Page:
Today I walked into my second physical therapy session feeling pretty darned proud of myself. I left feeling totally lame (yeah, I mean it both ways).
A week ago I went for my first session. Just five days earlier, I had gotten the okay from my surgeon to start bearing weight on my leg gradually. No more than 25 to 50 pounds for the first week, he said. The doctor had instructed me that after the first week was behind me I could start trying to wean myself from the boot and crutches, one at a time. He seemed to indicate that within a few weeks I might have accomplished one or the other, but not necessarily both. In light of the weight restrictions, I was quite surprised when on day one of therapy I was told to try walking without my crutches. According to the doctor it was still too soon to put my full weight on my left leg, but I did as I was told (frankly, I wasn't thinking about the doctor's instructions at that point). The physical therapist worked with me through a series of exercises, showed me how to walk on one crutch, and advised me to wear my boot for protection if I was going outside my house.
Back home I started doing my exercises twice daily, just as I was told. I stopped wearing the boot almost immediately (I HATED that thing!), and within a couple of days I ditched the crutches, too. Try as I might to increase the flexibility and strength of my ankle, about all I could do was hobble around the house. Still I thought I was doing pretty well for someone who hadn't walked in seven weeks.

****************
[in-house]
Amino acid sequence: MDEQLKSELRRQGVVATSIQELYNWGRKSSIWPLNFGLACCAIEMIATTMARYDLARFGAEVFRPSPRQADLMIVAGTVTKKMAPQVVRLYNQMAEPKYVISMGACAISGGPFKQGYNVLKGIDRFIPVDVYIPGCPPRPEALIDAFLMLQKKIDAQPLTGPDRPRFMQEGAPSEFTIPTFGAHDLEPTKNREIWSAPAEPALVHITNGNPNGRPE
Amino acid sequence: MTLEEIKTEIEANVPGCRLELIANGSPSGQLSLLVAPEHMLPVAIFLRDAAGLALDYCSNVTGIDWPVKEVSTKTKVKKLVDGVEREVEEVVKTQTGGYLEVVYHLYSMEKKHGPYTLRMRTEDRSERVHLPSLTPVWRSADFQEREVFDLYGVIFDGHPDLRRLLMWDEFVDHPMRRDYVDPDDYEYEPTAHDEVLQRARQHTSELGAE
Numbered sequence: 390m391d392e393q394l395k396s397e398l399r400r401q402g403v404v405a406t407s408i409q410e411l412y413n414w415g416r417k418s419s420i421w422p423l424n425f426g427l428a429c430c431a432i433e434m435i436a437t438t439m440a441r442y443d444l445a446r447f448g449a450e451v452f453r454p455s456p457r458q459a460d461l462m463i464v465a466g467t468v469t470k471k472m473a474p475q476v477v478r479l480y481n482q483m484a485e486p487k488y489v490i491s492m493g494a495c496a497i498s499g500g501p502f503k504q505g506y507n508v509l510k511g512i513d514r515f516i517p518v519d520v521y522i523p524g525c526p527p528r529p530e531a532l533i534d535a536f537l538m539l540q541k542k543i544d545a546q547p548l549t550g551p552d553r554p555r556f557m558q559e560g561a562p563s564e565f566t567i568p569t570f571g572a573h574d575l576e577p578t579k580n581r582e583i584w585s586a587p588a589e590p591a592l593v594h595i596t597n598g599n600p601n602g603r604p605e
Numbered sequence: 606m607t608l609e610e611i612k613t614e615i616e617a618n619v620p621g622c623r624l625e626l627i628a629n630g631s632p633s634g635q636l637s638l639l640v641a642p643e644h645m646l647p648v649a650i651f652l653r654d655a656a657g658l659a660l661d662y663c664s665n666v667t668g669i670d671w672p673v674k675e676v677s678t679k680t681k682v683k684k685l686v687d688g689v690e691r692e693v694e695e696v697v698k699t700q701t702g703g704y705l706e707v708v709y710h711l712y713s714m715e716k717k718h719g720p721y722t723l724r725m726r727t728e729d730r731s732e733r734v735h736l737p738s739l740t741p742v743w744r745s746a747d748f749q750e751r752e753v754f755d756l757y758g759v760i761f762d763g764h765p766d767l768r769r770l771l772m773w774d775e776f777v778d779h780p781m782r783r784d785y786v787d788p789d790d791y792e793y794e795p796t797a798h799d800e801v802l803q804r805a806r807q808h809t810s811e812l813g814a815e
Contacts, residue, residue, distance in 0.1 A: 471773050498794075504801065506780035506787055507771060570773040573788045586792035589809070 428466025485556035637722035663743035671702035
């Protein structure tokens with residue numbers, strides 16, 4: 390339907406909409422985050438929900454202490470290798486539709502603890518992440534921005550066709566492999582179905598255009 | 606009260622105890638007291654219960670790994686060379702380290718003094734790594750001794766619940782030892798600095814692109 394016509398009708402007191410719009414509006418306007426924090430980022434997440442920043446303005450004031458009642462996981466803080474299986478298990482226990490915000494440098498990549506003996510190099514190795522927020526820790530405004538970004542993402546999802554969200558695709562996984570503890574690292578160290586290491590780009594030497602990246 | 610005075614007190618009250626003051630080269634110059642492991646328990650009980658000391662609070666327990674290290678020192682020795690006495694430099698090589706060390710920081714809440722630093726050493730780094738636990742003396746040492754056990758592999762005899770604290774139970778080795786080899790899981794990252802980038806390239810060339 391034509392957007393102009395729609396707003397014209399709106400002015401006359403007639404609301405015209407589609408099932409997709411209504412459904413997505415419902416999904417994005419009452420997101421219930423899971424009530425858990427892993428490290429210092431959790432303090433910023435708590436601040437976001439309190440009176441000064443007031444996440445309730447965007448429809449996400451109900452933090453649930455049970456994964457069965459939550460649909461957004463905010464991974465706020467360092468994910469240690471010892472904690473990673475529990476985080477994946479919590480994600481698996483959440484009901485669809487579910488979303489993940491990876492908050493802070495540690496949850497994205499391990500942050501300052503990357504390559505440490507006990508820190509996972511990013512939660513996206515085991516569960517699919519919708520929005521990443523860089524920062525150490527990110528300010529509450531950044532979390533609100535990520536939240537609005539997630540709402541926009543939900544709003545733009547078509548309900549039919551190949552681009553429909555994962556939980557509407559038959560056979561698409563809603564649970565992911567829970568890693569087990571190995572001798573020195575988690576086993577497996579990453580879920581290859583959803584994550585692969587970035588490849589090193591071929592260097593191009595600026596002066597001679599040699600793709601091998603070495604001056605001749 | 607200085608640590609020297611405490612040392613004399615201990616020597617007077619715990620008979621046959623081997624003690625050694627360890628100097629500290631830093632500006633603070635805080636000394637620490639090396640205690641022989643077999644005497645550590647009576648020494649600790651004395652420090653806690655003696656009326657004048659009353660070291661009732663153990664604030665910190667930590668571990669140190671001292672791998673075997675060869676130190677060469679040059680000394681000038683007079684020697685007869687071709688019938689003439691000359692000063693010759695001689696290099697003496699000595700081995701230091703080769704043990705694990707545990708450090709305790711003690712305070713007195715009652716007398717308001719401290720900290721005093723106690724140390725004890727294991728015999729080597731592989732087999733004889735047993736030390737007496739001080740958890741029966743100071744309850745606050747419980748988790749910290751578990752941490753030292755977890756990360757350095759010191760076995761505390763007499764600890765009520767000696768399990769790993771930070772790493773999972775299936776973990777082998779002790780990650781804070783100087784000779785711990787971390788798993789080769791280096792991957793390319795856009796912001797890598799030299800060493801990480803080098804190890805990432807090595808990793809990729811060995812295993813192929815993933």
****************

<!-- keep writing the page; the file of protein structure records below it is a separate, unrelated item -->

My second physical therapy appointment was scheduled for this morning, less than two weeks after my visit to the doctor. And I wondered...should I wear the boot? Walk in on crutches? No, I decided there would be no steps backward for me. I was going to limp in on my own two feet with my head held high, and if the therapist reprimanded me for not taking the proper precautions this early in the game, so be it.
Little did I know I'd have a different therapist today. Maybe she thought I was several months post-op. After all, I wasn't wearing a boot or walking with crutches. Or maybe I just looked like someone who needed a verbal smackdown. But almost as soon as the introductions were made, the belittling began. It wasn't so much what she said as how she said it. "Is that as far as you can flex your ankle? Your goal should be that the left ankle bends as far as the right!!!" "If you keep walking with that limp, you're going to have hip and knee problems, too!!!" Lady, did I just walk into physical therapy or a faith healing session??? Did I miss the part where, through the power of God, you smacked my forehead with the heel of your hand and told me to throw down my crutches and walk??? I had been doing everything I was told. But if I hadn't been told yet, I had no way of knowing what to do. And if I already knew the proper steps to total recovery, would I be paying out of my own nearly-empty pockets for the privilege of driving out of my way to sit in a crowded room practicing what I could do in the privacy of my home, for free???!!!
I did learn a few things today: The stride I take with my right leg should match the left; a cane will make it much easier for me to walk correctly; I should walk as slowly as necessary so that I don't limp; and I should have known all this before I entered the Hallowed Halls of Physical Therapy.
Smack me down as many times as you want. I'll get back up. And when I have the strength, I'll stand firmly on my left foot and kick your ass.